Anecdotal evidence also suggests that there is a positive correlation between an increase in website traffic and a rise in physical footfalls by omnichannel retailers. This is consistent with findings from Retail Drive, which showed that 67 per cent of consumers would research products online before purchasing them in bricks-and-mortar stores.
Our data suggests that ROPO will become a significant trend that dictates the purchasing behaviour of Australian consumers, particularly of the millennial and digital native generation.
Major e-commerce retailers have also realised the tremendous benefit of having a physical presence and are making the leap from clicks to bricks. Amazon is a good case in point. The global online retail giant has been rolling out a chain of convenience stores called Amazon Go across the US.
These stores feature the latest retail technologies, including biometric recognition, sensors and deep learning algorithms to assist and automate much of the purchasing process.
Amazon is reportedly planning to open up to 3000 stores across the US by 2021. With an average area of 200sqm per store, this would be equivalent to 600,000sqm of space. This will be in addition to Amazon’s other physical retail offerings, including: Amazon Books, Amazon 4-Star stores and Amazon-owned Whole Foods supermarkets, which continue to expand rapidly.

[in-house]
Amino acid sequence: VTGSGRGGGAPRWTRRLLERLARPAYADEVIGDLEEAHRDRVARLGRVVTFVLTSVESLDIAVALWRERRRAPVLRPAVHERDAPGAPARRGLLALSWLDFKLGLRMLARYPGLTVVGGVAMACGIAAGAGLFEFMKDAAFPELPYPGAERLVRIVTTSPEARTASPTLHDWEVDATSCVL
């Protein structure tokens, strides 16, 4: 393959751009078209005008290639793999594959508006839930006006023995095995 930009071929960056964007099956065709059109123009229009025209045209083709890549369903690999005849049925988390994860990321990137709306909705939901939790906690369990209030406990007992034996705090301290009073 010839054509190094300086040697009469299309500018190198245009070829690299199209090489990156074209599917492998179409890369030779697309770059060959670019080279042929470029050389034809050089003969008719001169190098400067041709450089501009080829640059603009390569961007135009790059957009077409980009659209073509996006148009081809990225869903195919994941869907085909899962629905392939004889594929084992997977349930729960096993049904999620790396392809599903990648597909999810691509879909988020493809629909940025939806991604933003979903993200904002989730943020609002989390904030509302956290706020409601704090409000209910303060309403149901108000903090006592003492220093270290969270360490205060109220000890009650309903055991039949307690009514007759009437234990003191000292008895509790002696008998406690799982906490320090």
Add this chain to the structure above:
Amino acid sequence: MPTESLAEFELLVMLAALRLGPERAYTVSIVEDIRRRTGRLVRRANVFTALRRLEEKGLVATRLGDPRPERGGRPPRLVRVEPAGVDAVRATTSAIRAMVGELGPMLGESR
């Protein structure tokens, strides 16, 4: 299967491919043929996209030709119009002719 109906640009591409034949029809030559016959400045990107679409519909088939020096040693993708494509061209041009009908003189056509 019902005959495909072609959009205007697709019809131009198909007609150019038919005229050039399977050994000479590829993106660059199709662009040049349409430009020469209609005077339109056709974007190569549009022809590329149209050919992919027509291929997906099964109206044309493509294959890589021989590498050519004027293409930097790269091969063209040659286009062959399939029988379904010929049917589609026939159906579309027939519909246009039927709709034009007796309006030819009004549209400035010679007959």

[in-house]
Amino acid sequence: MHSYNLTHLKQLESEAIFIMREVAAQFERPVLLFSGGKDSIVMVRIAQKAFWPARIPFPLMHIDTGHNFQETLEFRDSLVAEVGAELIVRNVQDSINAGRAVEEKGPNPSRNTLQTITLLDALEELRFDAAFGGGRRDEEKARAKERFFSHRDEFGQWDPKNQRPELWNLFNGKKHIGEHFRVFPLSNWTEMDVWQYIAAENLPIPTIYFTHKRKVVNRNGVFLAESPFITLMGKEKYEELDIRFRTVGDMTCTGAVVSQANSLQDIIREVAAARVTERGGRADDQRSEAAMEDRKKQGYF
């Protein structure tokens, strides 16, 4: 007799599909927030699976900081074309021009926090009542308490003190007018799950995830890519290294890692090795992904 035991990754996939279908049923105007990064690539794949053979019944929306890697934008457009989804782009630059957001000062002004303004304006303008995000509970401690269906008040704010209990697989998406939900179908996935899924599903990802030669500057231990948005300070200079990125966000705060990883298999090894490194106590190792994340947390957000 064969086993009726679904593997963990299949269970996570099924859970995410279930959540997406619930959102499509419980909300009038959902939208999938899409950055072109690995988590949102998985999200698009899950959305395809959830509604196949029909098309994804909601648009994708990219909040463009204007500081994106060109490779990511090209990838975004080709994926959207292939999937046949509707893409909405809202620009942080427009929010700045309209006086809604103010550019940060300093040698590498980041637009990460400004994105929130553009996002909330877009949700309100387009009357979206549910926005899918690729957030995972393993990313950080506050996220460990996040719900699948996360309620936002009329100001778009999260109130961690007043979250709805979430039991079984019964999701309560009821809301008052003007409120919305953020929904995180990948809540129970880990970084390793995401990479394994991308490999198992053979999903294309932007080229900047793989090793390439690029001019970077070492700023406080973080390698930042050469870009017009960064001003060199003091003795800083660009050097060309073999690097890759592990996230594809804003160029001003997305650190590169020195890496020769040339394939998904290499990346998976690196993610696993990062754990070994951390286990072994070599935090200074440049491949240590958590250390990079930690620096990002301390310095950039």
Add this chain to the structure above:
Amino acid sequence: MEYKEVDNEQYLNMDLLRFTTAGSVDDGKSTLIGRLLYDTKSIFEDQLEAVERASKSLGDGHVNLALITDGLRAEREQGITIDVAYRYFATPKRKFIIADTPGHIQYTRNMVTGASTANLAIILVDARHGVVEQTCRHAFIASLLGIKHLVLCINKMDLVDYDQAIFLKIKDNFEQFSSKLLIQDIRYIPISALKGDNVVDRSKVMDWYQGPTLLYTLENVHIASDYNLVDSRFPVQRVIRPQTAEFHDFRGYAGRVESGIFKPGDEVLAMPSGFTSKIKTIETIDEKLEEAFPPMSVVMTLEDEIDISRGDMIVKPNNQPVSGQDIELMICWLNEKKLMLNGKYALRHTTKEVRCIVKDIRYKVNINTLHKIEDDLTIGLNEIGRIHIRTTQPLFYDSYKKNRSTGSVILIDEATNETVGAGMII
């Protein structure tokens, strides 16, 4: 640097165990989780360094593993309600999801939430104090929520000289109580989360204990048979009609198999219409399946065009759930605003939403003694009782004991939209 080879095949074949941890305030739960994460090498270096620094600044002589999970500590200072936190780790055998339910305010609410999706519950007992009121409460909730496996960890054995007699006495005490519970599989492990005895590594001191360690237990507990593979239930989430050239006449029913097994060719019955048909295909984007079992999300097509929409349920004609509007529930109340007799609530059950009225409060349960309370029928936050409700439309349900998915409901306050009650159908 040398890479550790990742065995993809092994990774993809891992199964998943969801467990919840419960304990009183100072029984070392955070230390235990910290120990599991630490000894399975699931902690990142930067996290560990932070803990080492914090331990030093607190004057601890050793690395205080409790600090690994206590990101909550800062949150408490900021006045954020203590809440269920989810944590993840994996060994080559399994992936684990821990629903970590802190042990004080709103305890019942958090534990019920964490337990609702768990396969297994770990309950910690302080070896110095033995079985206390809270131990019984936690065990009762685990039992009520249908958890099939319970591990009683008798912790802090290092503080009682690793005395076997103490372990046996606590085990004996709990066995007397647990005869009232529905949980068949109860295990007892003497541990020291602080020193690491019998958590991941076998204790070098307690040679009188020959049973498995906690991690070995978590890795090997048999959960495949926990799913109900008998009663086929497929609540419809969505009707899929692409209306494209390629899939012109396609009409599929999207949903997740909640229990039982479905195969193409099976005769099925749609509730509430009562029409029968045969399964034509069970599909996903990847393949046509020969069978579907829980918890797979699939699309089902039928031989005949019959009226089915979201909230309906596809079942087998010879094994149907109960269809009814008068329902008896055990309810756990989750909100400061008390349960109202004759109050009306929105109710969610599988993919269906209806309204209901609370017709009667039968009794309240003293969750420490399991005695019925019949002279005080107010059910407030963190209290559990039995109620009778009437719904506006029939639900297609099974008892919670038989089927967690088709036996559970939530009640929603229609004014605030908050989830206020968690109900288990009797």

On the other side of the Pacific, Chinese multinational e-retailer Alibaba is also extending its push into brick and mortar retail. Its proprietary grocery retail chain Freshippo, or Hema.
Hema is a part of Alibaba’s ambitious ‘new retail’ strategy, which sees the world’s largest e-commerce company investing almost $10 billion, so far, into bricks-and-mortar retailers. They include home improvement chain Easyhome, electronics retailer Suning, food retailer Sun Art and a partnership with one of the largest retailers in China, Bailian Group, which operates 4,700 stores nationally. The opening of Alibaba’s first physical shopping mall in Hangzhou called More Mall marks another big leap in its effort to blend both the digital and physical retail worlds.
Amazon and Alibaba aren’t the only traditionally pureplay e-commerce companies embracing the trend of smart and borderless retailing. EBay, Bonobos, Warby Parker, Untuckit, Casper, Hointer, Dollar Shave Club and many more once online-only players are making concerted efforts to gain a presence in the bricks-and-mortar retail space.
Whilst many of these examples have been largely concentrated in the US and China, the two largest retail markets in the world, we believe these trends will soon catch up with the rest of the world and particularly Australia over the coming years.”
As you can see, to think in channels is now increasingly myopic, to build a ROPO model is the key now.
Oh, and by the way – 75 per cent of all flagships of specialty retailers I visited in Europe and Tokyo in the last six months had click-and-collect offers. They clearly understand ROPO.
Brian Walker is founder and CEO of Retail Doctor Group, a retail advisory and consultancy group and the Australian elected partner member of the global retail expert’s alliance Ebeltoft Group.